Slated to be held Wednesday October 9 at the Javits Convention Center the day before the 2013 show opens, Comics Ahead!, this year’s ICv2 conference at New York Comic Con, is a half-day of panels devoted to examining the growth in comics and graphic novels over the last two years and discussing ways to continue the expansion in the immediate future. The program will include IDW president Greg Goldstein, artist Jamal Igle, First Second editor Callista Brill, retailer Gerry Gladston of Midtown Comics and comics and media analyst Rob Salkowitz among other industry figures.

Organized by ICv2 CEO Milton Griepp, the event brings together a broad selection of industry leaders and professionals—from publishers and artists to librarians, retailers, wholesalers and marketers—to discuss the issues and look to the future. The program will also feature ICv2’s much-anticipated annual White Paper, a comprehensive survey of the size and current sales trends in the comics and graphic novel marketplace.

To get a preview of the event, which is cosponsored by Publishers Weekly and includes this reporter and PW graphic novel reviews editor Heidi MacDonald, PW Comics World interviewed Griepp about the conference and what attendees can expect from the program. More information on the conference can be found on the ICv2 website.

PW Comics World: Is there a specific focus to this ICv2 conference, which is themed “Comics Ahead!” this year?

Milton Griepp: Comics have been in the incredible situation of having growth in both print and digital over the last few years, and now graphic novels are growing in all channels as well. The goal of the Conference is to discuss how to keep that growth going, taking “comics ahead.”

PWCW: Obviously the ICv2 White Paper on the comics and graphic novel print and digital marketplace is always an eagerly awaited feature in your conferences. Can you give us a short preview of your report?

MG: I’ll definitely be spending some time on the graphic novel space, which is turning around in all segments, including manga. Another focus will be the digital world, where the growth rate is slowing, but still robust.

PWCW: You’ve organized three panels for this years conference, what kind of trends and themes can we expect to hear from them.

MG: In “From Creator to Consumer” we’ll be looking at the potential of disintermediation from Webcomics, digital comics, Kickstarter, and closer relationships between creators and their fans, and how some are using the new tools to strengthen traditional publishing. It’s a great panel, with the head of the Webcomics collective Act-i-vate, a successful Kickstarter creator, an editor from a major house that’s publishing comics from Webcomics, a digital comics executive, and an executive from Diamond Comic Distributors. That’s a lot of viewpoints represented, so we’re expecting a lively exchange.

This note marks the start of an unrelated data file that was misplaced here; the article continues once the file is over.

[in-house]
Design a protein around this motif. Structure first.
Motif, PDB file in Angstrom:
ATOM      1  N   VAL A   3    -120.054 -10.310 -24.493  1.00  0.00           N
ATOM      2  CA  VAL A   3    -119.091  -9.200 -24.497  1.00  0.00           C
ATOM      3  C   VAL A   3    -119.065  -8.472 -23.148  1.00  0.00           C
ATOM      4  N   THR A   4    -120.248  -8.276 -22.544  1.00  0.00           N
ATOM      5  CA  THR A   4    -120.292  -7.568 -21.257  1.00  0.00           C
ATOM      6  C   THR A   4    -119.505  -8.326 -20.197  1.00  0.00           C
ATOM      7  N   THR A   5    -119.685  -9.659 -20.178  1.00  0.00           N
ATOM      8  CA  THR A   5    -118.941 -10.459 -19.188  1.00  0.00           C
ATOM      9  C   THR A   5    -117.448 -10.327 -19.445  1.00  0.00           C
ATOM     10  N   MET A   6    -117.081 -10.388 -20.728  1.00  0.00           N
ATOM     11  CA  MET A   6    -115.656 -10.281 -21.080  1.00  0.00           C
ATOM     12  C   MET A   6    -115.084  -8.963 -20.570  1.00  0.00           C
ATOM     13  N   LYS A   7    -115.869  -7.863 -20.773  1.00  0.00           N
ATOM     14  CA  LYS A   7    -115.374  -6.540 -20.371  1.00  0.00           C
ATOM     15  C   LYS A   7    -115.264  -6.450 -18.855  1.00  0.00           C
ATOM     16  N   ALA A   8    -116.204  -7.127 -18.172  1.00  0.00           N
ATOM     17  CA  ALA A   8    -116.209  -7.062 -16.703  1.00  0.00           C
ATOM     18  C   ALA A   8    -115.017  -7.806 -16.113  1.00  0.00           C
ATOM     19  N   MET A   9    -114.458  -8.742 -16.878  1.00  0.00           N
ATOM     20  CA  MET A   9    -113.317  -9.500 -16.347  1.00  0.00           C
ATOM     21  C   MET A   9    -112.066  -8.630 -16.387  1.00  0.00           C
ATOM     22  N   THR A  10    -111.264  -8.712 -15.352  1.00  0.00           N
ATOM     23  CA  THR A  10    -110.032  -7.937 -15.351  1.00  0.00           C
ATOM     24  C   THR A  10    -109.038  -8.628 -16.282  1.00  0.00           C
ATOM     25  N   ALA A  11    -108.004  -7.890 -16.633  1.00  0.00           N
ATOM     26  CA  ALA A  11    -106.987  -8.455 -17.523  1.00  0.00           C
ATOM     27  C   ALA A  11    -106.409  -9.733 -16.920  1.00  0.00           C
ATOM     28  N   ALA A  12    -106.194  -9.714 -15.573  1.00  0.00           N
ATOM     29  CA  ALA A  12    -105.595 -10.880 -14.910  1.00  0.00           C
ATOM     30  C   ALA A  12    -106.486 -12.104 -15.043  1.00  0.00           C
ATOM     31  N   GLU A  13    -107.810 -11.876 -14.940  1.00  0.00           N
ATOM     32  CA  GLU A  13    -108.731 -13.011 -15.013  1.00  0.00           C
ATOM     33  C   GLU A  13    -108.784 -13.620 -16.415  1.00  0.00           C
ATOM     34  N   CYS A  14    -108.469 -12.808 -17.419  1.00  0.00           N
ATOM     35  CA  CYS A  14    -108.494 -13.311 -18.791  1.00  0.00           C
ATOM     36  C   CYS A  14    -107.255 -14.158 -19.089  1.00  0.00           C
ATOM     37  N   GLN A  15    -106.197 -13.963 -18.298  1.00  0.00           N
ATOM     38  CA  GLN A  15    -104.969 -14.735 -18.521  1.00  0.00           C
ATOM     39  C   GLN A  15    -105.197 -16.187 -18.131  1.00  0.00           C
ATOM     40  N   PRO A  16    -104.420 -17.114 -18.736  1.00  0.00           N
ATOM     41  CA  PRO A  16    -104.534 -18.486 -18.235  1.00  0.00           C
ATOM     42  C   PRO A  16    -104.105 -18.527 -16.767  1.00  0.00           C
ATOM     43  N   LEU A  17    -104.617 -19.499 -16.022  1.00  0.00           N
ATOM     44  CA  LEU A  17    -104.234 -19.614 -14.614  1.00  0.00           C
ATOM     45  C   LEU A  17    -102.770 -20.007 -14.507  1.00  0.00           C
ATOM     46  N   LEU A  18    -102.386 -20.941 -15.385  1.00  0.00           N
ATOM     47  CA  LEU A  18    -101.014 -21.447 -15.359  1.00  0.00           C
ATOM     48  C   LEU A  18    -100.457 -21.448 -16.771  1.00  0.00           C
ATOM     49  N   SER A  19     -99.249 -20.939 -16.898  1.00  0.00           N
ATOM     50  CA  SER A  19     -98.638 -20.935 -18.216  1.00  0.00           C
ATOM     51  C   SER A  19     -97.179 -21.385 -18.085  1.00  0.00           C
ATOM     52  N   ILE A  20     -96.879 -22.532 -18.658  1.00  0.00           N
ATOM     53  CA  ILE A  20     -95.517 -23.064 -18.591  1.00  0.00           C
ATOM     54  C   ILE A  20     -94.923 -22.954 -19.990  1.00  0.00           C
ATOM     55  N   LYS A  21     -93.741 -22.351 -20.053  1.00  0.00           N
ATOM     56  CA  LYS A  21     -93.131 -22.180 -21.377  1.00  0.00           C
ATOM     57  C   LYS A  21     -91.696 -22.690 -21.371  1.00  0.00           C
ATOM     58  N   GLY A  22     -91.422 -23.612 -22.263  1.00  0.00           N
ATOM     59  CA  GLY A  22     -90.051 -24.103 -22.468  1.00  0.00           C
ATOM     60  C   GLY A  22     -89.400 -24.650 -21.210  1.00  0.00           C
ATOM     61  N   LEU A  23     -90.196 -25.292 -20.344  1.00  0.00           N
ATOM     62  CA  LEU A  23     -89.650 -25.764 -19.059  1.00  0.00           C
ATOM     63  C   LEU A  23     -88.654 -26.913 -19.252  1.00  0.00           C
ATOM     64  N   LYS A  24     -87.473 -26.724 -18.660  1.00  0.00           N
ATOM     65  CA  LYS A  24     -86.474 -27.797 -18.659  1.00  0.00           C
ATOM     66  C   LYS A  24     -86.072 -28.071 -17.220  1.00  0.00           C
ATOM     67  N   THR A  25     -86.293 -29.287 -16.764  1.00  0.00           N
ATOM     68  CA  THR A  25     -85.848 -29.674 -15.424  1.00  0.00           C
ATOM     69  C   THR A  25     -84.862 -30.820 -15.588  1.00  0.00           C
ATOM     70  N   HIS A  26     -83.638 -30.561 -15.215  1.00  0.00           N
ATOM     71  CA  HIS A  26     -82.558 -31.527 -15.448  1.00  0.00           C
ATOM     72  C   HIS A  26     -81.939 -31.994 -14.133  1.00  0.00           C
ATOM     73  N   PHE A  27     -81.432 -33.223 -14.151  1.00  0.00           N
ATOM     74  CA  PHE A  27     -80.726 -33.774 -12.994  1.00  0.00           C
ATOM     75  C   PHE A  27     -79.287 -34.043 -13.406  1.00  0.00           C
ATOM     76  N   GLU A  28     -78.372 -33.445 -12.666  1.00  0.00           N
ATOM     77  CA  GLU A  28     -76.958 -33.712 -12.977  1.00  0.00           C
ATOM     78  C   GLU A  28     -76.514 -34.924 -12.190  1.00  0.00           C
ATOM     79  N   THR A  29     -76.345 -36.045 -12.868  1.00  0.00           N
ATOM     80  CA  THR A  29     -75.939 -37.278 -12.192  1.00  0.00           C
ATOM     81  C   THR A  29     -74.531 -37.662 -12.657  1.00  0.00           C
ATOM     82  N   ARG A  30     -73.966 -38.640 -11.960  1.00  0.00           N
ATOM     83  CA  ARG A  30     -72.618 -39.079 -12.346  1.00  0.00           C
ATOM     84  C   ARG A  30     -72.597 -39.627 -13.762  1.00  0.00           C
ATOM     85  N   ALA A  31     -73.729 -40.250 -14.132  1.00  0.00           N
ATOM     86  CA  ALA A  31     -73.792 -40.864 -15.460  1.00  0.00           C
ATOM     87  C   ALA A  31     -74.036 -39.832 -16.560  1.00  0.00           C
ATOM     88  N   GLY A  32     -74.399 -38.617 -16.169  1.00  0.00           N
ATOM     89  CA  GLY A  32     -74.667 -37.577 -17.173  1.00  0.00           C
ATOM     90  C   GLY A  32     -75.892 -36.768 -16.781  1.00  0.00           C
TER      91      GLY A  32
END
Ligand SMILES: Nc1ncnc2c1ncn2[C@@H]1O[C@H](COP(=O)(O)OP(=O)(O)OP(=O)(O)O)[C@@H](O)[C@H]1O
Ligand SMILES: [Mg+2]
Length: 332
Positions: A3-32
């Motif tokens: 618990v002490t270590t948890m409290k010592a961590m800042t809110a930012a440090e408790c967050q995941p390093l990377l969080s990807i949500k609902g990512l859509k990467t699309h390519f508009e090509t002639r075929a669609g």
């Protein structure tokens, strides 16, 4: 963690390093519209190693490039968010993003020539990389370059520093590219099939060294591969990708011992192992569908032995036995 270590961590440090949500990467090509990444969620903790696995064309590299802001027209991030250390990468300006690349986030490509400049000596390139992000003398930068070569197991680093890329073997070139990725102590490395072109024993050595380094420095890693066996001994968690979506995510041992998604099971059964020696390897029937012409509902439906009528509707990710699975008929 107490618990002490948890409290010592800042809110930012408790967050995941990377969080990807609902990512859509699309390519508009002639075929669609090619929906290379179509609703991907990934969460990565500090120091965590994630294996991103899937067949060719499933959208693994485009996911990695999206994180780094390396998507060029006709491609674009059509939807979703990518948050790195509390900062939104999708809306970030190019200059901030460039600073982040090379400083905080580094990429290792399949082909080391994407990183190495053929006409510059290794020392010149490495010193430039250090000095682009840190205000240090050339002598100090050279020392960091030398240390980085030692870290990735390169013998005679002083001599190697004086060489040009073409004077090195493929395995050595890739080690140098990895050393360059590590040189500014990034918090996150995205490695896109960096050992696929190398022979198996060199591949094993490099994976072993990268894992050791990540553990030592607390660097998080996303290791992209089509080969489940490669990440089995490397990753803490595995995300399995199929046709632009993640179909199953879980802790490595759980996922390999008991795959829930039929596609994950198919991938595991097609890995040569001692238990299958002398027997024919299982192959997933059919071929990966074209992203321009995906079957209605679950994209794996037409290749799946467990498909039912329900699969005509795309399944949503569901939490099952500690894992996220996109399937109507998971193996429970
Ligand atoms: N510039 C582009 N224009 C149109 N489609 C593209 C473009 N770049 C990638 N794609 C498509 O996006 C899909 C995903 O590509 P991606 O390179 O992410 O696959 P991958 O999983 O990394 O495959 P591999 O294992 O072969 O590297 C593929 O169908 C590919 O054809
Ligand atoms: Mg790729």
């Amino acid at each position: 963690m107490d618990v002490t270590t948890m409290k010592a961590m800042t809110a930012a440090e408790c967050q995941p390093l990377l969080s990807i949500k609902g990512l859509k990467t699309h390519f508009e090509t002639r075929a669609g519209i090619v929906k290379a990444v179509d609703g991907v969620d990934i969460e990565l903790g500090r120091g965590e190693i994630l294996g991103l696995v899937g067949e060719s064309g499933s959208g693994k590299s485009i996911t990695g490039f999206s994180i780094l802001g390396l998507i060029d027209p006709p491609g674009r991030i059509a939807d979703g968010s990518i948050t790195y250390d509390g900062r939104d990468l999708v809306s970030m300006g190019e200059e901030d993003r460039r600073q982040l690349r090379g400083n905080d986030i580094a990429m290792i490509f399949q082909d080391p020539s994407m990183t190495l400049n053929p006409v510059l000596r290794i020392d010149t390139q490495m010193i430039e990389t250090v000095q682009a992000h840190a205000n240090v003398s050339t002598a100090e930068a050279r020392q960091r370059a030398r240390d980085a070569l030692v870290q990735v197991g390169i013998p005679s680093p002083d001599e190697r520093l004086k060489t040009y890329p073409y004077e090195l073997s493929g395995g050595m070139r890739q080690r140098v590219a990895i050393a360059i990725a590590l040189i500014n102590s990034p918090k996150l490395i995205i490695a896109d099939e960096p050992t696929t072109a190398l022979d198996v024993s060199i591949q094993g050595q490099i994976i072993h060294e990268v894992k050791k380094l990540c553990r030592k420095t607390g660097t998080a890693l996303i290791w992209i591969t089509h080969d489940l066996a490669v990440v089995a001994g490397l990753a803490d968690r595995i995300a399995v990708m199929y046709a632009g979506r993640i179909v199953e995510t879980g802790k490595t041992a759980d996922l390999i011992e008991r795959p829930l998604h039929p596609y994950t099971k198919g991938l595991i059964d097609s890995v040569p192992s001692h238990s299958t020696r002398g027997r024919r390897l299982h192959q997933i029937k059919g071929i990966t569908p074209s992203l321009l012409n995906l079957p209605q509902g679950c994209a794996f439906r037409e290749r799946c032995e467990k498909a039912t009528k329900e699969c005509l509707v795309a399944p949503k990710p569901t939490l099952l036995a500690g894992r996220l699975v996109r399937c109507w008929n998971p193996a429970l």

In “Graphic Novels in a Digital World,” we’re going to look at whether graphic novels, which are coming out a period where they’ve been lagging comics and are in a somewhat fragmented digital market, can lead the way to bigger, broader audiences, the way they seemed to be doing through the middle of the 00s. This panel has tons of expertise, with a variety of publishers, a distributor, an academic and author, and a specialist in the world of graphic novels in schools and libraries.

And in a real big picture panel, “The Rise of Geek Culture,” we’ll be talking about the future of geek culture, which has become the #1 North American pop culture trend, and ask what can be next when there are prime time shows and movies tied to comics seemingly at every turn. This panel has an ad agency executive, a futurist and author, one of the top comic and graphic novel retailers in the country, and an executive from Skybound, the home of The Walking Dead.

PWCW: On the eve of the 7th annual New York Comic Con and an expected crowd in excess of 100,000 attendees, what’s your perspective on its growth into a major comics/pop culture venue and on the steady growth trend of even smaller all-comics indie festivals and shows.

MG: I think the nationwide growth of conventions, including mega-events like New York Comic Con, reflect the strong feelings of community around geek culture. People want to be around others that share their passions, and conventions are a great way to do that, whether on huge scale like this week’s, or smaller comics-only events.